Providing irrigation to perennial crops is one of the most important and overlooked aspects of winter greenhouse crop production. All too often growers take irrigation management for granted. It’s hard enough to irrigate under ideal growing conditions, but under less-than-optimal conditions, the greenhouses could easily become a “winter waterland.” Improperly irrigating perennials during the winter months can have several adverse side effects.
It’s very important for growers to adjust their irrigation practices to match the needs of the crops being produced with the environmental conditions they’re growing in. Winter production often consists of lower light intensities and cooler temperatures, which combined reduces evaporation, transpiration and plant growth. These conditions greatly reduce the amount of water the plants use each day. It’s not uncommon for growers to apply too much irrigation or to irrigate plants too frequently during the winter growing season.
Consequences of over-irrigating
• The most obvious consequence is a saturated or a consistently wet root system. These conditions reduce the air in the root zone, which often leads to poor root health (possibly crown and root rots) and reduced plant growth.
• Frequently watering plants that don’t need to be irrigated leads to more “waste” water that’s not utilized for plant growth and either creates a more humid environment or simply goes down the drain. Nutrients also can be leached from the containers when too much irrigation is applied.
• Speaking of humidity, irrigation during the winter months inside enclosed structures creates a high humidity environment, which promotes stem elongation, decreases nutrient uptake, reduces plant quality and increases the conditions suitable for many plant pathogens.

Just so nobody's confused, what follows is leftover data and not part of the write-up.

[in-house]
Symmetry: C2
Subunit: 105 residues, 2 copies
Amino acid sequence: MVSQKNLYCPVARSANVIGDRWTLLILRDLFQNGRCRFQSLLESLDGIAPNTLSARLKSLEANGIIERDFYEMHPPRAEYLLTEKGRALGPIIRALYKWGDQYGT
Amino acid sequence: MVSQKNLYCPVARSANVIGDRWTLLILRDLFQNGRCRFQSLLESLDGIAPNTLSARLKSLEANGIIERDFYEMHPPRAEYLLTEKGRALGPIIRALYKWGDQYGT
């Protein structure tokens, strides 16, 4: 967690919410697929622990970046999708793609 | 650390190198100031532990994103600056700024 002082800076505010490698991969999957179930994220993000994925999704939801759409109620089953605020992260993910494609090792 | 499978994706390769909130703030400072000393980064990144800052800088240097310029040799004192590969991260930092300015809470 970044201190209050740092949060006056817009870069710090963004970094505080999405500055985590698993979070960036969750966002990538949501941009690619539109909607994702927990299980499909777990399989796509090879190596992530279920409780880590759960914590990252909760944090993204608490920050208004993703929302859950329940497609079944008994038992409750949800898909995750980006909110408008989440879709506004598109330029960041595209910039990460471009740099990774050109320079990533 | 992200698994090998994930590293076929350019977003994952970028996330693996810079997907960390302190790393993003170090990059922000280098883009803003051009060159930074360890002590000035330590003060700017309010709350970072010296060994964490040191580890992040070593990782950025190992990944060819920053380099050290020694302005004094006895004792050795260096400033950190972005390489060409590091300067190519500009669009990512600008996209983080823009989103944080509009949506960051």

• Overhead irrigating plants during the winter leads to periods when the leaves remain wet for long durations. This is conducive for many foliar diseases.
• A large amount of energy is used to dry the floors and to dehumidify greenhouses rather than to provide an adequate environment for plant growth. Watering more than necessary increases the energy costs required to produce the crops.
• The current environmental conditions (light levels, temperature and humidity) are the predominate factors influencing the irrigation needs of crops.
• The types of crops being grown (species and water requirements), their age and the types of growth present (plant architecture and canopy) greatly influence how much irrigation is necessary.
• There are a large number of growing mixes being used and each of them has its own water-holding capacity and aeration characteristics. Ideally, the growing mix should have both good water-holding ability and good drainage
• The type of irrigation system being used greatly influences the quantity of water being delivered and how much water is wasted with each application.
– Overhead irrigation systems are most commonly used due to their relatively low initial cost and maintenance requirements. There are several drawbacks to overhead systems, such as uneven distribution of water, a high percentage (>70%) of the water applied doesn’t enter the root zone, and the architecture of the plant and the crop canopy often reduces the amount of water that reaches the root zone.